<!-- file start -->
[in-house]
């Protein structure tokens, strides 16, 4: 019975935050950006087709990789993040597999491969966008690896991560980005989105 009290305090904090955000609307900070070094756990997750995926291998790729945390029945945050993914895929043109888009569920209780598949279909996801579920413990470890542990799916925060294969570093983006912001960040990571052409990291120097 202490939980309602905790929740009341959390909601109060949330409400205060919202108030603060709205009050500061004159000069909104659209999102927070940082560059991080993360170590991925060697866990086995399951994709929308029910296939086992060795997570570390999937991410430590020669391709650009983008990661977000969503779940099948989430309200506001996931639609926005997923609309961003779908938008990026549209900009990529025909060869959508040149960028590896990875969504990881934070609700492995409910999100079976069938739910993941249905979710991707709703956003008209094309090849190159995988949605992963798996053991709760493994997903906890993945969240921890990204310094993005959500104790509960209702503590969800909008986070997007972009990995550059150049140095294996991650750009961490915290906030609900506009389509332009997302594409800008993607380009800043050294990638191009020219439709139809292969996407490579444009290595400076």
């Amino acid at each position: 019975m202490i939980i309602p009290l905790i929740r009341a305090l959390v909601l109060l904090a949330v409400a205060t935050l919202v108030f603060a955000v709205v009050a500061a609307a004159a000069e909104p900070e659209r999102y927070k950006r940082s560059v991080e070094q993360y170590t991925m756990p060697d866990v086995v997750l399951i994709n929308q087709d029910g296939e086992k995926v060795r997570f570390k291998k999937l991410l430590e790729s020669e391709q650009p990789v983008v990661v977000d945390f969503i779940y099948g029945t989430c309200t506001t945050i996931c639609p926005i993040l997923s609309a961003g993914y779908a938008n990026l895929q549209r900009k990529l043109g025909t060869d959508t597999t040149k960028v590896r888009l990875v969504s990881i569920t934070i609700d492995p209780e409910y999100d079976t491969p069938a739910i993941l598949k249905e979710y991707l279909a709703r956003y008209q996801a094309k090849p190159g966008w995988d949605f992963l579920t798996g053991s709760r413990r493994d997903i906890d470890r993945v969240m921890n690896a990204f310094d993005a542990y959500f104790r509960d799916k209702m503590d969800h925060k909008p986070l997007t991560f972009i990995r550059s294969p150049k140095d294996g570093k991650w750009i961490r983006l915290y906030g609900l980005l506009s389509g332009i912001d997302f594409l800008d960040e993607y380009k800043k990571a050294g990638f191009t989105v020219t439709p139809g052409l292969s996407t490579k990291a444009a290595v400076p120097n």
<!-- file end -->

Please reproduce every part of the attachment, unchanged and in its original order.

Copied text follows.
[in-house]
């Protein structure tokens, strides 16, 4: 019975935050950006087709990789993040597999491969966008690896991560980005989105 009290305090904090955000609307900070070094756990997750995926291998790729945390029945945050993914895929043109888009569920209780598949279909996801579920413990470890542990799916925060294969570093983006912001960040990571052409990291120097 202490939980309602905790929740009341959390909601109060949330409400205060919202108030603060709205009050500061004159000069909104659209999102927070940082560059991080993360170590991925060697866990086995399951994709929308029910296939086992060795997570570390999937991410430590020669391709650009983008990661977000969503779940099948989430309200506001996931639609926005997923609309961003779908938008990026549209900009990529025909060869959508040149960028590896990875969504990881934070609700492995409910999100079976069938739910993941249905979710991707709703956003008209094309090849190159995988949605992963798996053991709760493994997903906890993945969240921890990204310094993005959500104790509960209702503590969800909008986070997007972009990995550059150049140095294996991650750009961490915290906030609900506009389509332009997302594409800008993607380009800043050294990638191009020219439709139809292969996407490579444009290595400076």
């Amino acid at each position: 019975m202490i939980i309602p009290l905790i929740r009341a305090l959390v909601l109060l904090a949330v409400a205060t935050l919202v108030f603060a955000v709205v009050a500061a609307a004159a000069e909104p900070e659209r999102y927070k950006r940082s560059v991080e070094q993360y170590t991925m756990p060697d866990v086995v997750l399951i994709n929308q087709d029910g296939e086992k995926v060795r997570f570390k291998k999937l991410l430590e790729s020669e391709q650009p990789v983008v990661v977000d945390f969503i779940y099948g029945t989430c309200t506001t945050i996931c639609p926005i993040l997923s609309a961003g993914y779908a938008n990026l895929q549209r900009k990529l043109g025909t060869d959508t597999t040149k960028v590896r888009l990875v969504s990881i569920t934070i609700d492995p209780e409910y999100d079976t491969p069938a739910i993941l598949k249905e979710y991707l279909a709703r956003y008209q996801a094309k090849p190159g966008w995988d949605f992963l579920t798996g053991s709760r413990r493994d997903i906890d470890r993945v969240m921890n690896a990204f310094d993005a542990y959500f104790r509960d799916k209702m503590d969800h925060k909008p986070l997007t991560f972009i990995r550059s294969p150049k140095d294996g570093k991650w750009i961490r983006l915290y906030g609900l980005l506009s389509g332009i912001d997302f594409l800008d960040e993607y380009k800043k990571a050294g990638f191009t989105v020219t439709p139809g052409l292969s996407t490579k990291a444009a290595v400076p120097n």